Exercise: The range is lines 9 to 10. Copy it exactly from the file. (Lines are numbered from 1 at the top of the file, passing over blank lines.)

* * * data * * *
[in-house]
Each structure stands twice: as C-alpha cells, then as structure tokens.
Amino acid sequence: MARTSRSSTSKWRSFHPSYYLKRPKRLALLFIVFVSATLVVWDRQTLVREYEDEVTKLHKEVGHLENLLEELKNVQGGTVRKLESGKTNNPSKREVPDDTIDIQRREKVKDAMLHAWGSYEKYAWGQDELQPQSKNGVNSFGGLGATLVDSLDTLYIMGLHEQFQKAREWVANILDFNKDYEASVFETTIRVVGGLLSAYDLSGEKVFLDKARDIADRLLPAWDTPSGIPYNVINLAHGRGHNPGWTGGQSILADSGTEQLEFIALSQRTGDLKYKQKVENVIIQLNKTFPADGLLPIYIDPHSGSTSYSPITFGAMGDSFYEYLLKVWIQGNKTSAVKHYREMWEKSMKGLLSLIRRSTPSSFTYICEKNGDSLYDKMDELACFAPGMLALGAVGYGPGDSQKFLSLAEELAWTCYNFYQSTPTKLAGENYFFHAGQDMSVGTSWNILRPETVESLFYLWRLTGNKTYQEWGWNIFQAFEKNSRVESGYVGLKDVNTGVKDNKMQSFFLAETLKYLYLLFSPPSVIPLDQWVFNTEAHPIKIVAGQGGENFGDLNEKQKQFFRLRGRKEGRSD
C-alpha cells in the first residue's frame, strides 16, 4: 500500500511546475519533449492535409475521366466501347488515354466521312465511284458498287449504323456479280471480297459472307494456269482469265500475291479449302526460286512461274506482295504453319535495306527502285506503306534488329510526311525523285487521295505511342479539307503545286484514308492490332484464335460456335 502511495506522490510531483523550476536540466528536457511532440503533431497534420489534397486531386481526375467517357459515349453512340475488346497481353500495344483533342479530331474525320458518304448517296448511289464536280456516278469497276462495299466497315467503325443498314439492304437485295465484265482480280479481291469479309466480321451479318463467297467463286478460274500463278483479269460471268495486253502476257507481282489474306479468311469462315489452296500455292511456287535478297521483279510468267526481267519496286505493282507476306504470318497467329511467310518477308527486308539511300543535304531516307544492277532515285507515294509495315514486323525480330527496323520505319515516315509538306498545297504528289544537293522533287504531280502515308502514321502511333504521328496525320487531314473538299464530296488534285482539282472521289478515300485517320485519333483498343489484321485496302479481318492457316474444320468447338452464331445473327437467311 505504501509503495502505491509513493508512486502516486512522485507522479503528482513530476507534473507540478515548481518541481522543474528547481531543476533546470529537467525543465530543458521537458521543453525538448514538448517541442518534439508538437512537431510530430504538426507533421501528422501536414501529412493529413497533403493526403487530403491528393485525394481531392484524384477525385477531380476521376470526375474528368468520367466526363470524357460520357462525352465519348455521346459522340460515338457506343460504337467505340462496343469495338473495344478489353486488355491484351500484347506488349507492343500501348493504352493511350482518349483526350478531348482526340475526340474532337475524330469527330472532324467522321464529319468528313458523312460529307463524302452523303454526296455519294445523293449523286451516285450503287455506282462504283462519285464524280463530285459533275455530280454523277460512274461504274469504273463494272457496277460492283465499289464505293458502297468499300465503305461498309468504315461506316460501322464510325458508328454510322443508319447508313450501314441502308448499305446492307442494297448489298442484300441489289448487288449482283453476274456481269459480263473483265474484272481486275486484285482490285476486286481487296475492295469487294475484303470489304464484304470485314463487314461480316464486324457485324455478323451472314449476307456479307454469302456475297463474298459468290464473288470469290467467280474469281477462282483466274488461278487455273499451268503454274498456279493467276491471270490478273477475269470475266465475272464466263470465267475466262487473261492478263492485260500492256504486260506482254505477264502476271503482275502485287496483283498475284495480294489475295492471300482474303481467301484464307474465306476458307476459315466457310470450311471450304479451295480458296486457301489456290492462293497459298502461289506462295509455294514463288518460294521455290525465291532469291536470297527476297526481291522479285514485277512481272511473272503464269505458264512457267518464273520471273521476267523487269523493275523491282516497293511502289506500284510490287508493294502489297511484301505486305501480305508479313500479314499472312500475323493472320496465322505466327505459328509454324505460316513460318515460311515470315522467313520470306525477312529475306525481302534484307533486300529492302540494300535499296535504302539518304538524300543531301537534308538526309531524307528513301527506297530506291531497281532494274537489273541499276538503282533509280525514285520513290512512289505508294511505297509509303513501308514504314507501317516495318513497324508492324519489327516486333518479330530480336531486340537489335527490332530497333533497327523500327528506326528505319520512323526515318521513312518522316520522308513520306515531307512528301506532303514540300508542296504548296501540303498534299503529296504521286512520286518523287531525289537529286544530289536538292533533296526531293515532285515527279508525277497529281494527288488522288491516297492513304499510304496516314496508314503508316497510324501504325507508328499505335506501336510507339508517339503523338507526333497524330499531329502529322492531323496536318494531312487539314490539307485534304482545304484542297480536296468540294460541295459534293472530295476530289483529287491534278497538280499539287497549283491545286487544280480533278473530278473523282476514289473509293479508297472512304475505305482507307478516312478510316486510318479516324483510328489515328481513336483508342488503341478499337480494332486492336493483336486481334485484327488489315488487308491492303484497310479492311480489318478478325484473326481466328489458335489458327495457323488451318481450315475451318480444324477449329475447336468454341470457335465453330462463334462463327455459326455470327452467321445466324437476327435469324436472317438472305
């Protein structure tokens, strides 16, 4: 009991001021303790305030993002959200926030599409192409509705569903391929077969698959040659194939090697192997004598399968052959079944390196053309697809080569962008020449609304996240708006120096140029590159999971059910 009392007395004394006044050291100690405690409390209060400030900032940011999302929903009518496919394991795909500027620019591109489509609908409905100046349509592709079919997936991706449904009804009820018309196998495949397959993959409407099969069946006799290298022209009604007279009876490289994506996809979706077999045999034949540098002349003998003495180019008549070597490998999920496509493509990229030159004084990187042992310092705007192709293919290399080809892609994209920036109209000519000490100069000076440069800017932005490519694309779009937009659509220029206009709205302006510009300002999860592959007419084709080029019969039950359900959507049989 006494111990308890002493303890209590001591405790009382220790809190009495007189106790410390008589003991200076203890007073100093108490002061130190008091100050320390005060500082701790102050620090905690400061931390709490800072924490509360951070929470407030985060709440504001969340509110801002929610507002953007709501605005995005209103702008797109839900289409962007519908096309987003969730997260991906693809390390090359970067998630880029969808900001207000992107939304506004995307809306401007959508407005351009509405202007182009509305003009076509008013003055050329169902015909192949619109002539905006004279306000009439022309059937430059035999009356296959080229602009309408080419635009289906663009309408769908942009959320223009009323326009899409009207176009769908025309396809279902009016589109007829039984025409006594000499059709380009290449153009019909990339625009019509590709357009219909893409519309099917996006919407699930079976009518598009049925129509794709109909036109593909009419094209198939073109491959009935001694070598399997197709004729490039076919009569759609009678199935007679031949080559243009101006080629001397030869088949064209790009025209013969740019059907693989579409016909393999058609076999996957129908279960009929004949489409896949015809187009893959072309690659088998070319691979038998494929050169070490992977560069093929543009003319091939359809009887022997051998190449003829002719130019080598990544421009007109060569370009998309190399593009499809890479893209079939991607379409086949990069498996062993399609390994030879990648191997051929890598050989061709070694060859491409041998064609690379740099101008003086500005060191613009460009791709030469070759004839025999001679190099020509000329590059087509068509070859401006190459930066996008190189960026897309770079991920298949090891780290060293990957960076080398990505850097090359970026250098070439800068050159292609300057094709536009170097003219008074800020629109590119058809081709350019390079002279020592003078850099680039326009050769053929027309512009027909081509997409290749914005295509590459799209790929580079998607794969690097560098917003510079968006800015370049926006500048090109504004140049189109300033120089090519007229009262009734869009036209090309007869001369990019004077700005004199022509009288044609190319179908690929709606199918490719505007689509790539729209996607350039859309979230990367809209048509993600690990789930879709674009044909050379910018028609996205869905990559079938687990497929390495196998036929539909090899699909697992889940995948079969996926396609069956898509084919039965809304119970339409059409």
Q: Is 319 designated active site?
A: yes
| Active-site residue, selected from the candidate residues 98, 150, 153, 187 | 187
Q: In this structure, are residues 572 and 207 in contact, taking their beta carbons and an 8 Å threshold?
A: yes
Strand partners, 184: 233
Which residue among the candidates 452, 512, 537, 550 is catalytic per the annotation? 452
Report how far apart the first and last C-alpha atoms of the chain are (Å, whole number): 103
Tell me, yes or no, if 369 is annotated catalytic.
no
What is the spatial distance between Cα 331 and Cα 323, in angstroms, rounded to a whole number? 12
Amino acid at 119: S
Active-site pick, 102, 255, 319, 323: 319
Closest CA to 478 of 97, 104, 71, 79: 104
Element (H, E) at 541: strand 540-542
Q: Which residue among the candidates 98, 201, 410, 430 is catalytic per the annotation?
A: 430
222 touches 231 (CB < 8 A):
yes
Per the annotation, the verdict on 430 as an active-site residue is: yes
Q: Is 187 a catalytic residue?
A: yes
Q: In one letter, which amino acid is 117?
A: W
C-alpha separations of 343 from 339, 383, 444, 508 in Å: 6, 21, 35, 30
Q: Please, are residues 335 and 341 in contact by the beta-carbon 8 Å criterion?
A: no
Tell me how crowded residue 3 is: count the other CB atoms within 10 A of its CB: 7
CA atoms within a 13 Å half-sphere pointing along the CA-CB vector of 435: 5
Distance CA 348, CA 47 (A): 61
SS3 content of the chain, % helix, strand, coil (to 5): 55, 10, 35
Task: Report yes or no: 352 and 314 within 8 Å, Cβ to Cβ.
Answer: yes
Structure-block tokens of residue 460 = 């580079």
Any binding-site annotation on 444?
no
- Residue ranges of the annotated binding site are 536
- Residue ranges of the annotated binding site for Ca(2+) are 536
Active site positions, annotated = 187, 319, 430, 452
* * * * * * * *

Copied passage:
Q: In this structure, are residues 572 and 207 in contact, taking their beta carbons and an 8 Å threshold?
A: yes